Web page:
7. Click Save to complete the configuration.
  8. Restart the SASLogon microservice. (sudo systemctl restart sas-viya-saslogon-default)


Install Python/R SWAT packages for JupyterHub


Installation instructions for the SWAT packages are available on the packages corresponding GitHub pages:

To make packages available to JupyterHub users, you generally install packages system-wide or in a shared environment, depending on how your Hub is configured. See the JupyterHub documentation for details specific to your configuration:

As an example, if you installed JupyterHub at /opt/jupyterhub/ as root, installing the  python SWAT package, would be as simple as the following command:

sudo /opt/jupyterhub/bin/pip3 install swat


Install/Configure an OAuth Authenticator for JupyterHub


Install the JupyterHub OAuthenticator package.

sudo /opt/jupyterhub/bin/pip3 install oauthenticator


The package is available from GitHub at, and is installed with pip.The full documentation is available at We will leverage the “Generic Authenticator” in order to integrate with SASLogon.

Next, add the code located on this sascommunities GitHub page to Place the code under the comment section starting with “## Class for authenticating users”. Pay attention to preserve indentation. The code configures the Generic OAthenticator class to use SASLogon as its identity provider.

This step also enables authentication state (auth state) which allows the Authenticator to persist state information related to authentication in the internal JupyterHub database. Because auth state can contain sensitive information, it is encrypted before being stored, so an encryption key is set (JupyterHub uses the Fernet python package for encryption).

The pre_spawn_start method is a hook called before spawning a user’s notebook to pass state information. This method retrieves the OAuth access token from the auth state and passes it to the spawner environment as an environment variable.

The refresh_user method to refreshes the users OAuth tokens and updates the auth state if the token expires. The method executes before spawning a notebook since (refresh_pre_spawn = True), and every 6 hours (auth_refresh_age = 21600); however, the tokens from the auth state are only available to the notebook server once, through the pre_spawn_start method, when the spawner launches the server. Therefore, a token may appear expired if notebook servers run longer than the access token validity period.

When registering the JupyterHub client via curl, the access token validity was set to 1296000 seconds. Implement a cull_idle_servers script to make sure no notebook servers left behind by users that are older than 15 days (1296000 seconds).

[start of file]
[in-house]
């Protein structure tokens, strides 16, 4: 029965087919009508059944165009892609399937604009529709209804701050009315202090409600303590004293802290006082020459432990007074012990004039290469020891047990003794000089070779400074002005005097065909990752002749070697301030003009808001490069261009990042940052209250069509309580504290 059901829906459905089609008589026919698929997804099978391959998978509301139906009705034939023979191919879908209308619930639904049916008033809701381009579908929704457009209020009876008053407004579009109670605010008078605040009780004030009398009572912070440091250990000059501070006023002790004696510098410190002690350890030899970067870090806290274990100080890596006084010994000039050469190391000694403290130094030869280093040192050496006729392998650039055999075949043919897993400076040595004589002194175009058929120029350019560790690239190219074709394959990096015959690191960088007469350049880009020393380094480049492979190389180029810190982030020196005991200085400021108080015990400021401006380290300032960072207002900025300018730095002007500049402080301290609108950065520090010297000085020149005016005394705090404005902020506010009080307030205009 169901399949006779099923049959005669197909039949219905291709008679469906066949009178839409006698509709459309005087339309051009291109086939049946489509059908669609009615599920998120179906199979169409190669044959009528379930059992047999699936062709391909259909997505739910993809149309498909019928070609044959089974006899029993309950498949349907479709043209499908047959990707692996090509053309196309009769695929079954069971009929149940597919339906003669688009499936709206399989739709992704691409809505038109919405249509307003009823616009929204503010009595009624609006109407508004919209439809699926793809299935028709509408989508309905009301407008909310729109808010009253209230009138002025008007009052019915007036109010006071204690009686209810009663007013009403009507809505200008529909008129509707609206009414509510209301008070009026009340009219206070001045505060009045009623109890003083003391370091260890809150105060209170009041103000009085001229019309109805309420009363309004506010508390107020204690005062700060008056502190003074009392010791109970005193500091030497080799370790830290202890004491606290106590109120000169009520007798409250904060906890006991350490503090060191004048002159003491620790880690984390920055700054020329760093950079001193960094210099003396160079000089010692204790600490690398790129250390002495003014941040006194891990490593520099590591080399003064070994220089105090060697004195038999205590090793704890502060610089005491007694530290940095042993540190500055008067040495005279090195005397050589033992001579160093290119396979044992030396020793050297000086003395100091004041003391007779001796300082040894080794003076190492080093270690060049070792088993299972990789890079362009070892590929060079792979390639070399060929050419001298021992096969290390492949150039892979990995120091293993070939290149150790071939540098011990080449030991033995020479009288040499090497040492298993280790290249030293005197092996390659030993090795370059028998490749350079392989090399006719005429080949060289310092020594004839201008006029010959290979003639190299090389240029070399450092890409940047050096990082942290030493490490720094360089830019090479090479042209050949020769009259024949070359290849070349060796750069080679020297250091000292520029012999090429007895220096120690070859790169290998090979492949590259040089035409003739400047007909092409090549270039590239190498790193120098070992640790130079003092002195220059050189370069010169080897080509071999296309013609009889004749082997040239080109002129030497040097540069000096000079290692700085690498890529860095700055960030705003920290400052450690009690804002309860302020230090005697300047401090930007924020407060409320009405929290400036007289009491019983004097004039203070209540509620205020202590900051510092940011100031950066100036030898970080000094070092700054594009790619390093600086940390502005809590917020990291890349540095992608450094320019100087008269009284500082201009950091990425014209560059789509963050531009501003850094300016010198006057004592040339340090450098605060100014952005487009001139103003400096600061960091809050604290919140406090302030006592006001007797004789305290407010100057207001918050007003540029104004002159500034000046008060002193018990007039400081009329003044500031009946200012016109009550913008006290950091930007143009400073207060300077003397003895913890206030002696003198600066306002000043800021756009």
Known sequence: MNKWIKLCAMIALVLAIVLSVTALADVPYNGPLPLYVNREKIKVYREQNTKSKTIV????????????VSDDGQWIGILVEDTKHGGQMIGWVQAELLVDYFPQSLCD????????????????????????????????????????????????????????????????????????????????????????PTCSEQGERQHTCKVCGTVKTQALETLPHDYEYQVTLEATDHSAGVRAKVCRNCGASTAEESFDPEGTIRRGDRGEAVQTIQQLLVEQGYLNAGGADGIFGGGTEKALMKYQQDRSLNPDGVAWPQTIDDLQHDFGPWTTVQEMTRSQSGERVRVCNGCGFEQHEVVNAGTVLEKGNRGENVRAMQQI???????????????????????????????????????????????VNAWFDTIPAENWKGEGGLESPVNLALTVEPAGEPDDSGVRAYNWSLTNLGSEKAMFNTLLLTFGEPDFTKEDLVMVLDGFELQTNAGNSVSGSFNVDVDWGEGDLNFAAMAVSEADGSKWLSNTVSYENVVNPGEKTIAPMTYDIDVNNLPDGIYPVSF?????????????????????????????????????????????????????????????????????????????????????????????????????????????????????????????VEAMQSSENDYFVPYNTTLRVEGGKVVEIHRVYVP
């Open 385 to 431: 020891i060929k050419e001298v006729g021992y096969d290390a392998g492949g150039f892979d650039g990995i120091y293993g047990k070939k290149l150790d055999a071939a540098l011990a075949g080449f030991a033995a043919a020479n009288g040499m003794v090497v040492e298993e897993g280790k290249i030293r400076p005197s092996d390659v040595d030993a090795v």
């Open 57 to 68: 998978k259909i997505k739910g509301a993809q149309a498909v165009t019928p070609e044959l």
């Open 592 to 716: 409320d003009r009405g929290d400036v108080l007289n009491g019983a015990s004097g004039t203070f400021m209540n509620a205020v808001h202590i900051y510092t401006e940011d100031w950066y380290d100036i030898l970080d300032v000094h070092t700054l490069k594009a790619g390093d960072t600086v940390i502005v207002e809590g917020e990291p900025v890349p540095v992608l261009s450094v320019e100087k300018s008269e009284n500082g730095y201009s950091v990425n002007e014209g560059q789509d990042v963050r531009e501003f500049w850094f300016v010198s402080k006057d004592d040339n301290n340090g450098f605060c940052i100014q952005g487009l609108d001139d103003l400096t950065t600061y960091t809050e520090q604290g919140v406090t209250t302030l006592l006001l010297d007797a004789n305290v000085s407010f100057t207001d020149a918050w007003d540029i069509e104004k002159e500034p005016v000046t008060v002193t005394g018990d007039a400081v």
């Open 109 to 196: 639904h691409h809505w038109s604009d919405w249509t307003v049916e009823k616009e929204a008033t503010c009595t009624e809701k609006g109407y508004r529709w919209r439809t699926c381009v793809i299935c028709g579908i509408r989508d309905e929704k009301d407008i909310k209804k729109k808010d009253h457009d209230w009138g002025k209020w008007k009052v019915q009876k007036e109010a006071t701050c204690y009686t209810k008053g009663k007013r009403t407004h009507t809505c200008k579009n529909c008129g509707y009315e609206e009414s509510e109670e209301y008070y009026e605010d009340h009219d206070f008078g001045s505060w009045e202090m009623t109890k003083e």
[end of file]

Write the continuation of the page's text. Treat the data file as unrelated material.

Make sure to replace the references of with the FQDN used to access SAS Viya and with the FQDN for JupyterHub. Also, update the client_id and client_secret with the values you registered earlier. Otherwise the code can remain unchanged.

If you receive a CERTIFICATE_VERIFIED_FAILED error, it most likely means that the CA certificate used to sign the Viya HTTP server is not available to Python. You can either uncomment the “c.GenericOAuthenticator.tls_verify = False” line in the code, or add the CA certificate to the JupyterHub server’s truststore.


Create Quick Access Link in SAS Drive to JupyterHub

JupyterHub consoleJupyterHub console



  1. Log into SASDrive and assume the SAS Administrator role.
  2. In the top left-hand corner click New, then Link.
  3. Create the link
    1. Add the JupyterHub server to the URL, e.g.
    2. Add a meaningful label, like JupyterHub.
    3. Choose a location to save the link. By default, “My Folder” is selected. You can change this to a location under SAS Content that is available to other users. Be aware of the authorization rules at the location you choose to save the link. If saved in Public, then all users have access to edit or delete the link by default.
    4. Optionally, you can upload an image, like the Jupyter Logo, that displays in the created tile.
    5. Click Ok to create the link.
  4. On the newly created link, right-click and Select Administer, then Quick Access…
  5. From here, select any user(s) or group(s) in your environment. Clicking the person icon will bring up a menu to select and search for existing users and groups.
  6. After selecting a user(s) or group(s), click Update Quick Access. The link is available to all users, or members of the groups selected. Note, if the users are added to a selected group at a later time, the link is not distributed for those users automatically.


If you saved the link to a location in SAS Content, available to other users, they can navigate to the location in SAS Content from the “All” tab in SAS Drive. From there they can pin it to their quick access if you do not wish to administrate all users quick access links.


Log into JupyterHub and connect to CAS


Authentication to JupyterHub is automatic after clicking the Quick Access link from SAS Drive.

You may also log into JupyterHub directly, without going through SAS Drive. In that case, if you are not already authenticated to SAS Viya, you will be redirected to SASLogon (and then to any other downstream identity providers if applicable). Once authenticated to SAS Viya you are redirected back to JupyterHub

To connect to CAS, supply the OAuth token environment variable from the pre_spawn_start method to the password field in the binary protocol connection constructor.


Python Example

import os, swat
conn = swat.CAS('', 5570, password=os.environ.get('ACCESS_TOKEN'))


R Example

conn <- swat::CAS('', port=5570, password=Sys.getenv('ACCESS_TOKEN'))


If you have the CASCLIENTDEBUG environment variable set, you should see similar messages in the log:

NOTE: Client is using the oauth identity provider
NOTE: Sent challenge length 1212
NOTE: Received response length 55
NOTE: User viyademo connected to CAS using OAuth 2.



In cloud-based environments with federated authentication mechanisms, users may not have credentials available to authenticate to the CAS server using SWAT clients. Leveraging OAuth tokens generated by SAS Logon, may be the only option available. The Jupyter authenticator insulates the programmer from being concerned with how to generate their own OAuth token.

In addition, integrating JupyterHub with SASLogon and SAS Drive is a great way to provide a portal to programming environment for users who wish to leverage the power of the CAS analytic engine, in a more familiar programming language, from the same area where all of their SAS Content and Reports are available and organized.



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Last update:
‎01-10-2022 02:40 PM